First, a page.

A Blog by the Editor of The Middle East Journal

Putting Middle Eastern Events in Cultural and Historical Context

Friday, August 3, 2012

The Sectarian Clashes in Dashhur

Since the Egyptian revolution there have been frequent outbreaks of sectarian clashes between Muslims and Copts, usually an outgrowth of local disputes or family feuds but sometimes escalating to the level of attacks on churches or extensive violence. I haven't sought to catalog all of these; they were frequent throughout the Mubarak years as well.

The outbreak in Dashhur over the past week has, however, been on a more serious scale and deserves comment. It started over the usual sort of petty feud: a Coptic laundryman was accused of burning a Muslim's shirt while ironing it; the dispute led to the burning of the laundry shop; molotov cocktails were thrown; one Muslim, apparently a bystander, died; Coptic homes and shops were burned. There were reports of as many as 150 Coptic families fleeing the town, though the Governor says there were only eight. Other reports say 120; it seems clear that there were evictions or voluntary flight of a significant number of Christian families. The Central Security Forces (CSF) moved in and restored order, but remain in place.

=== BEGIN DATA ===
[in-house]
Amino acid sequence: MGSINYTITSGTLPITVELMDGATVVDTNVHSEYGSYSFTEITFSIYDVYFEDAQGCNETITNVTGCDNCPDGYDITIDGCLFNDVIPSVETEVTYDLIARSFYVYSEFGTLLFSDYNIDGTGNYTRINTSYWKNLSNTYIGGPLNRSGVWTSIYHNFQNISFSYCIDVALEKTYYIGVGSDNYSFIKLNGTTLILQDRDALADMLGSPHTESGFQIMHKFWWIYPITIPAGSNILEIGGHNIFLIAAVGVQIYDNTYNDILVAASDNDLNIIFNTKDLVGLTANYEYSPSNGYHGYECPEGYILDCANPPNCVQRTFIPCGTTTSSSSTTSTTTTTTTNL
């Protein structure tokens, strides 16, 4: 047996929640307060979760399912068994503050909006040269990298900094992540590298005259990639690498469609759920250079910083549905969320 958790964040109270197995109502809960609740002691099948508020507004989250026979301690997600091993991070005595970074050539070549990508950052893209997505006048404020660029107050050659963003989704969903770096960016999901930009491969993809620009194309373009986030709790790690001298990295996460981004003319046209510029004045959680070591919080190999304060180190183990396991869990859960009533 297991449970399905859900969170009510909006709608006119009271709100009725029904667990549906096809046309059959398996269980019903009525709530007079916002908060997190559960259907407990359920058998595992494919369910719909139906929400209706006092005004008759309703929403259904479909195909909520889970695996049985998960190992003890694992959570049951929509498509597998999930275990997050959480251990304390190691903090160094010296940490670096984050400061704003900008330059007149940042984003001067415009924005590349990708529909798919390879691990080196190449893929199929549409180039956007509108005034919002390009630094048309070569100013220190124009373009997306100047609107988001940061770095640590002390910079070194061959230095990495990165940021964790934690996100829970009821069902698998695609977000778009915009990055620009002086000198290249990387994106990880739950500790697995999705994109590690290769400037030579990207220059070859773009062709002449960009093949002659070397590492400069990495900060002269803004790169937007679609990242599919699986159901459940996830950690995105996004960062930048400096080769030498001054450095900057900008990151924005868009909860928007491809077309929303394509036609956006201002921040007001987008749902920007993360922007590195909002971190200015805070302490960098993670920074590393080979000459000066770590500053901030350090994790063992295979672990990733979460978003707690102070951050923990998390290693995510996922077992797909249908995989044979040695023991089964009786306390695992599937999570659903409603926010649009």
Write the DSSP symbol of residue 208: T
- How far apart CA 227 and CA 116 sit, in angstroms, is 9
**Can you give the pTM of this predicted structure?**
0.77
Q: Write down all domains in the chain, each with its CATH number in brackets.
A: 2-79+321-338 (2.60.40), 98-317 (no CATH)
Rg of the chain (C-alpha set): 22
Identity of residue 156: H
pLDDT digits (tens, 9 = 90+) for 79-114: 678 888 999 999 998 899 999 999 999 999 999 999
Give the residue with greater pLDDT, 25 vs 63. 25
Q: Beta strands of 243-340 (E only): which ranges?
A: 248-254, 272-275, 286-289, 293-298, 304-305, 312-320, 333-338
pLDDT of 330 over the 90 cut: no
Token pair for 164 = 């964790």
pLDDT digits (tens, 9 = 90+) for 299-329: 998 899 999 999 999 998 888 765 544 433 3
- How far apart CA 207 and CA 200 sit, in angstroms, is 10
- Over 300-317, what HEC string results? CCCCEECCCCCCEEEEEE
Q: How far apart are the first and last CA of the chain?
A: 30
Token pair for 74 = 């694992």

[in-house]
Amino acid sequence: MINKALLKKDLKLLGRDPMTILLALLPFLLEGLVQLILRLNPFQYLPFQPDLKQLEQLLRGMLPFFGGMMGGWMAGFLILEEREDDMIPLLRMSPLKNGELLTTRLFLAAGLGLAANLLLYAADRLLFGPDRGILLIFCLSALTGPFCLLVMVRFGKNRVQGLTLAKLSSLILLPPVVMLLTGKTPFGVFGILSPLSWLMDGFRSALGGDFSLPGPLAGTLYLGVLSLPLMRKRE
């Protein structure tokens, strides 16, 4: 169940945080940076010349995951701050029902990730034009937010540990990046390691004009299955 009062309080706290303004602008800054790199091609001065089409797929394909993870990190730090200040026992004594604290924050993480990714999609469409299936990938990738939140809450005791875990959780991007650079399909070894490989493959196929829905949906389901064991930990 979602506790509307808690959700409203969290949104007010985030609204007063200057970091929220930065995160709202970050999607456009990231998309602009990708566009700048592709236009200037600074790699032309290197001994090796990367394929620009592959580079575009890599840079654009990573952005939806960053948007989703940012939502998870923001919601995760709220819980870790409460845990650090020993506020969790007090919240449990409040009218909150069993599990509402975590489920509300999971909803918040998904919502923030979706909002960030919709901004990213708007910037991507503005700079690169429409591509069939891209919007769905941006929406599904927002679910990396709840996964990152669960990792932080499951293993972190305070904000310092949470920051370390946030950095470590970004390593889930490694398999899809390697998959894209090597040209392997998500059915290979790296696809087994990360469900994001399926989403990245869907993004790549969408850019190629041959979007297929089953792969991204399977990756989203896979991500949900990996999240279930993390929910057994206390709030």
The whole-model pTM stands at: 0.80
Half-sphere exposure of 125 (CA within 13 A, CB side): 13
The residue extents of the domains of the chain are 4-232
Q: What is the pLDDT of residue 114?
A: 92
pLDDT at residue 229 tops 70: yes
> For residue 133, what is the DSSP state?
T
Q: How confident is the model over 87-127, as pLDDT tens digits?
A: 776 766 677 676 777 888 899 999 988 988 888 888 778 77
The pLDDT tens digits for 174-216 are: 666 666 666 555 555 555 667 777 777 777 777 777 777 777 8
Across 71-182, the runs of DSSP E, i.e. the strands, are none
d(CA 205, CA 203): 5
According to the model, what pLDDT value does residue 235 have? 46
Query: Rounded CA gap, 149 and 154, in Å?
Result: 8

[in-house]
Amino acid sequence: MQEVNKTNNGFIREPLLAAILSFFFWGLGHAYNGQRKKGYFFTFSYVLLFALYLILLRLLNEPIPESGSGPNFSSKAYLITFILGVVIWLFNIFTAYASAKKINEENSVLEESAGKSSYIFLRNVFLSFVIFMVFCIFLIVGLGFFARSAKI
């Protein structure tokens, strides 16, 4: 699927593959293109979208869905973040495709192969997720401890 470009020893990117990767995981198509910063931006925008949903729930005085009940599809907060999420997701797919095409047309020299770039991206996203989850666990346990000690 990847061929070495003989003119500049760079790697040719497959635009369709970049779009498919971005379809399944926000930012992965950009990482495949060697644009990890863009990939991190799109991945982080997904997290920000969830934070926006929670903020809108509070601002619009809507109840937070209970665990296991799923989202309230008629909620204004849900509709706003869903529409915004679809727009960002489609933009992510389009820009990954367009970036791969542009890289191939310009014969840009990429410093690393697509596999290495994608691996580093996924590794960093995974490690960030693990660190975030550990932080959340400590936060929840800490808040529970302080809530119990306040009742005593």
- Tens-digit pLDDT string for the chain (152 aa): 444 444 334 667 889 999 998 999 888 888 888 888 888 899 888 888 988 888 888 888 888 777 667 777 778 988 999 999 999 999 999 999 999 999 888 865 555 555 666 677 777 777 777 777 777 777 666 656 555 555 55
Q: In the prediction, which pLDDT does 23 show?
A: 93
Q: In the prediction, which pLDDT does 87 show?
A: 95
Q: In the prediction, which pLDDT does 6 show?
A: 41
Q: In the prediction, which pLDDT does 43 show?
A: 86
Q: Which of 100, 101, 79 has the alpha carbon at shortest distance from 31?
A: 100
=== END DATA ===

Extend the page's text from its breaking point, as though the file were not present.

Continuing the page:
This first major sectarian clash since the election of Muhammad Morsi is also a major test of the Muslim Brotherhood's claims to represent all Egyptians, amid Coptic fears of their intentions. There have been criticism that the CSF were slow to move to put down the violence, but now Morsi is saying, “I call on my Muslim brothers and my Coptic brothers to return to each other and for my Muslim brothers to provide security for the Copts.” He has vowed to uphold the law, said "no one can accept that a brother attacks his brother," and urged calm. But platitudes about brotherhood may be of little avail if radical Islamists see his election as an opportunity to pursue old vendettas, personal or economic, against Copts. 

Dashhur could provide Morsi with an opportunity for proactive leadership against sectarian violence and give the Muslim Brotherhood an opportunity to demonstrate to Copts that its rhetoric about brotherhood of all Egyptians is real, but so far the response seems mostly to restore order and hope for the best.

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